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By Peter Atkinson, Contributor
Monday, November 21, 2022 @ 8:12 AM

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Massacre Records

It’s become something of a cliché these days for bands to reunite after 10, 15 even 20-some years apart for shows, festivals, tours and whatnot,and then take a whack at releasing new music. Sometimes it truly is by popular demand, as was the case with AT THE GATES and CARCASS, with inspired, triumphant results. All too often, though, it seems more obligatory, even unnecessary, and either ends up sounding woefully dated or a pale imitation of what is current.

And the gaps have grown to ridiculous lengths. In 2020, ALCATRAZZ set the bar at a new high, issuing its first new studio album in 34 years with Born Innocent. Now, thanks to the pandemic, Canada’s SWORD has come along to equal that mark – only to be eclipsed in the interim by TALAS, whose recently released 1985 arrived 37 years after its predecessor. Sheesh!

Originally set for release in early 2020, just as COVID was shutting down the planet, SWORD opted to hold onto its third album – not so imaginatively titled III – until the dust settled. So that meant two-plus more years of waiting, which seems like chump change in retrospect given the 30-plus years that preceded it.

But I don’t really recall people exactly clamoring for new SWORD music, anyway – no disrespect intended. The band really didn’t rise above obscurity in most quarters during the brief run in mid-80s when it released its two previous albums, 1986’s Metalized and 1988’s Sweet Dreams. The Montreal-based quartet did, umm, stick it out into the mid-’90s, though with waning activity, and regrouped again with the original members in 2011, if only to play the odd show from time to time.

Don’t rightly know what transpired after Sweet Dreams that kept the band at bay for so long. The bio accompanying the new album was cryptic, to say the least. And SWORD’s website wasn’t much help either, other than to note “All hell broke loose and a parting of ways ensued”. Anyway, short story really long, here we are now with III.

Metalized and Sweet Dreams worked off early template of what would now be considered “groove metal”. They married catchy hooks, anthemic swells and rousing choruses with occasional bursts of speed metal giddy up for a more muscular approach than the band’s contemporaries, for example, countrymen HELIX or CONEY HATCH or such American acts as Y&T and W.A.S.P.

Indeed, SWORD definitely seemed to be onto something at the time. Whether that would have eventually morphed into PANTERA-like heaviosity, we’ll never know – though the more polished, arena-ready feel of Sweet Dreams, thanks to its big name production team that included Garth Richardson and George Marino, might indicate otherwise.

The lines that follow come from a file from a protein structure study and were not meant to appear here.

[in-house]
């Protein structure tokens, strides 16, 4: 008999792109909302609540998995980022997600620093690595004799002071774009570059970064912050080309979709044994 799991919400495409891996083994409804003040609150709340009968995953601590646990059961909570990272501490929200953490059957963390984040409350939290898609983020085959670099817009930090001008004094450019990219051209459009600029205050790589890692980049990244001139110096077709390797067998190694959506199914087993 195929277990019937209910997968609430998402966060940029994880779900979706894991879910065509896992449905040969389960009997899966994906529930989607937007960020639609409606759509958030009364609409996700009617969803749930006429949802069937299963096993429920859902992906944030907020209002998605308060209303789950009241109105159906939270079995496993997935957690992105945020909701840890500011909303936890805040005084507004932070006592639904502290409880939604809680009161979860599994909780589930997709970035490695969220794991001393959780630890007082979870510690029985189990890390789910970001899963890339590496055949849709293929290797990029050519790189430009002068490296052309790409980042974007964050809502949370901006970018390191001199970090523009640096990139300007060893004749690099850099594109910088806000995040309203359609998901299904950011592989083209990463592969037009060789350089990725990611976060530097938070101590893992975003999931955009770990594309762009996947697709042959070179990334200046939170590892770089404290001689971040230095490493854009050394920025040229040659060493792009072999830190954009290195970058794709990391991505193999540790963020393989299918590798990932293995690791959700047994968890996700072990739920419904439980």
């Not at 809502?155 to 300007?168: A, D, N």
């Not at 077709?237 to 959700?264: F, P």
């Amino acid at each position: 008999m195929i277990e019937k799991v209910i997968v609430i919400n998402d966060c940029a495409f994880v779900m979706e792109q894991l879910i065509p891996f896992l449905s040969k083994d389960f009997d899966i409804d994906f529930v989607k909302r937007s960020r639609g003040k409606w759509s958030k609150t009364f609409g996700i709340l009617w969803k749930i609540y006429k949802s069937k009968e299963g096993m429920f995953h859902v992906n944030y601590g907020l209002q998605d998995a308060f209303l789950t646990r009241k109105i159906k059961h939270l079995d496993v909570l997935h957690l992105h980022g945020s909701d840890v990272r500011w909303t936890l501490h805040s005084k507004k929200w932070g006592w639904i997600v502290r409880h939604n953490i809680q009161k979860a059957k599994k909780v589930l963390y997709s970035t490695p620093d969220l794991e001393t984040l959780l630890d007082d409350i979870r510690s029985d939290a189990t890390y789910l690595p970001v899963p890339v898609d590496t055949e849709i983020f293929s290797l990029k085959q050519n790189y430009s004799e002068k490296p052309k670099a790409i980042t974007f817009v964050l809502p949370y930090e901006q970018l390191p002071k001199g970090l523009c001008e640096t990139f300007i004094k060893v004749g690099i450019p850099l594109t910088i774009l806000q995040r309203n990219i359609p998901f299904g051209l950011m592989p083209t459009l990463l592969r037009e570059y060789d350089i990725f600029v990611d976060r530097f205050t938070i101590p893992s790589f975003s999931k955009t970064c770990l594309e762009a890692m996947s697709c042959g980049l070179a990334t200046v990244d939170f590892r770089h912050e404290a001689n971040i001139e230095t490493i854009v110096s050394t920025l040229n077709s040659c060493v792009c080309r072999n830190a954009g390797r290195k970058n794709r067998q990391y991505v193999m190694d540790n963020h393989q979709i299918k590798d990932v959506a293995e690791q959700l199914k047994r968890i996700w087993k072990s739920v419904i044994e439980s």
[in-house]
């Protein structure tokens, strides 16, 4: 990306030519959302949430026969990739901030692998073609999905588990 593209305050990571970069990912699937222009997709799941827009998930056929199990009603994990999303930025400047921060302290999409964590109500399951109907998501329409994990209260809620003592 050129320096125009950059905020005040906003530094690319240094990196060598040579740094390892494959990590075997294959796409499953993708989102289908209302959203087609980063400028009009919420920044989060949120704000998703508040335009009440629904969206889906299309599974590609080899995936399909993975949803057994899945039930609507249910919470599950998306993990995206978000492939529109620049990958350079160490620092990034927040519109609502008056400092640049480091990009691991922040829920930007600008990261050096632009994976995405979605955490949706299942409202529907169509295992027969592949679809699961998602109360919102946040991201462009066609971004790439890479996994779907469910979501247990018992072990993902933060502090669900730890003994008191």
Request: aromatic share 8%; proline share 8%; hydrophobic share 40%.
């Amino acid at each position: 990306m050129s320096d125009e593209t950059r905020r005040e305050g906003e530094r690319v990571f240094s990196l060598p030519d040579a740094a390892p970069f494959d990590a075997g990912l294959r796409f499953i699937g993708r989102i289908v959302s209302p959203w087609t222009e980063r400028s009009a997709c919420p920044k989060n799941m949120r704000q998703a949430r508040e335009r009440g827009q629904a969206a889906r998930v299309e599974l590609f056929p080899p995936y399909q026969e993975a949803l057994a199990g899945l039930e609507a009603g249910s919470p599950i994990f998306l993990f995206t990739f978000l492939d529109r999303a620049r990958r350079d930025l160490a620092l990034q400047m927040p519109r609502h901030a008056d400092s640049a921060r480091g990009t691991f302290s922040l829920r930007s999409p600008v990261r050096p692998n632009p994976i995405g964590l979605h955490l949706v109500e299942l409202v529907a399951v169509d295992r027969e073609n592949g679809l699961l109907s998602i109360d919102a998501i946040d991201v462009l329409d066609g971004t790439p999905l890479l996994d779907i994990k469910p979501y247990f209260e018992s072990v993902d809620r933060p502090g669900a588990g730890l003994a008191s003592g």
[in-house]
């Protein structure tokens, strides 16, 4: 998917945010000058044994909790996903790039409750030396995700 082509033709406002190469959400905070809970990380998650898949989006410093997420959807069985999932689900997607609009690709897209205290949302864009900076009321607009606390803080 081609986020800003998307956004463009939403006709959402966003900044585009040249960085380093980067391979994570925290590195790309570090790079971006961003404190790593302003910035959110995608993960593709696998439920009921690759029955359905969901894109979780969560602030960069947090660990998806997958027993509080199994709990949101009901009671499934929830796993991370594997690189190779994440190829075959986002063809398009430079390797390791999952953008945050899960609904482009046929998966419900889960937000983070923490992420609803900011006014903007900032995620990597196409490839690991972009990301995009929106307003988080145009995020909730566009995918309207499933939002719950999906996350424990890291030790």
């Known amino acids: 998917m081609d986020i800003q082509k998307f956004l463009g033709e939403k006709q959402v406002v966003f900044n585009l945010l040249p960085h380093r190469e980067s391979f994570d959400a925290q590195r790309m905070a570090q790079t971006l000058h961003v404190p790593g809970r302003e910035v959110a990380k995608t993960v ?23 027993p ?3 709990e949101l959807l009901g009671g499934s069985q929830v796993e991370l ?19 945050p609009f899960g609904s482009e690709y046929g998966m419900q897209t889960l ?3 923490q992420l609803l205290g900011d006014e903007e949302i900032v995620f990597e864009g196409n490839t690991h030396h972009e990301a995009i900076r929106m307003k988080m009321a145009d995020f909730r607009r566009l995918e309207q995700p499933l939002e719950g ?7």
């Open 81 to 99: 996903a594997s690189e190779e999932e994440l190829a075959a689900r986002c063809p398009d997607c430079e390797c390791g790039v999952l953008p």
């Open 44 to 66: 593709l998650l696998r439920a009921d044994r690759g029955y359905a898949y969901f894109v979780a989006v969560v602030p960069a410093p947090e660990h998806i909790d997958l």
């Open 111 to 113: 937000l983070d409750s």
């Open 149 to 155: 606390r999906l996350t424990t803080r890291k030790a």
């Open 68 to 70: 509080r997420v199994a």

Regardless, the forward-thinking sonic approach of old translates to the fairly modern, natural feel on III. And working with longtime ANNIHILATOR/VOIVOD producer Glen Robinson, SWORD manages to find a middle ground between crunch and polish over the course of the album.

The band largely follows the songwriting script of the two prior albums, delivers the material with plenty of heft and thunder, but keeps the sound reasonably clean to maximize catchiness and take full advantage of frontman Rick Hughes’ still sterling vocals – which recall TRIUMPH’s Rik Emmett for comparison, not bad company. And that’s probably for the better, since opting for more of a MACHINE HEAD, LAMB OF GOD or, god forbid, FIVE FINGER DEATH PUNCH approach probably would have ended up sounding desperate and ridiculous.

Instead, SWORD stays in its lane and lets the relatively timelessness of its sound work in its favor. Mike Plant’s forceful, beefy guitaring – with frisky hooks that at times echo EXODUS - and the propulsive rhythms of bassist Mike LaRock and drummer Dan Hughes hit hard, but are built around a solid melodic core that gives even the more bruising “I Am In Kommand”, “Spread The Pain” or “Not Me, No Way” an inherent accessibility. The autobiographical “Unleashing Hell” reminisces about the band’s short “heyday” with its “1986 in Montreal …” story line, which is told over a feisty chug.

A few tracks, notably the opener “Bad Blood” and “Took My Chances”, do retain a distinctly ‘80s vibe in their structure and composition and seem like they may have been leftovers from back in the day, even with their modern punch. But I suppose that’s to be expected, and the fact that the entire album doesn’t come across as a slog down memory lane says something about SWORD’s intentions here.

At only eight songs – one of them a short instrumental segue – and 35 minutes, III might seem rather skimpy, offering roughly one new minute of music for each year that has passed since Sweet Dreams. But better to have a small batch of solid material than stuff a longer album full of filler just because. Hopefully, now that III is upon us, it will provide an opportunity for a IV or more in the coming years as SWORD makes up for lost time. And if the band does yet another disappearing act, at least it will have gone back out with a bang.

3.5 Out Of 5.0

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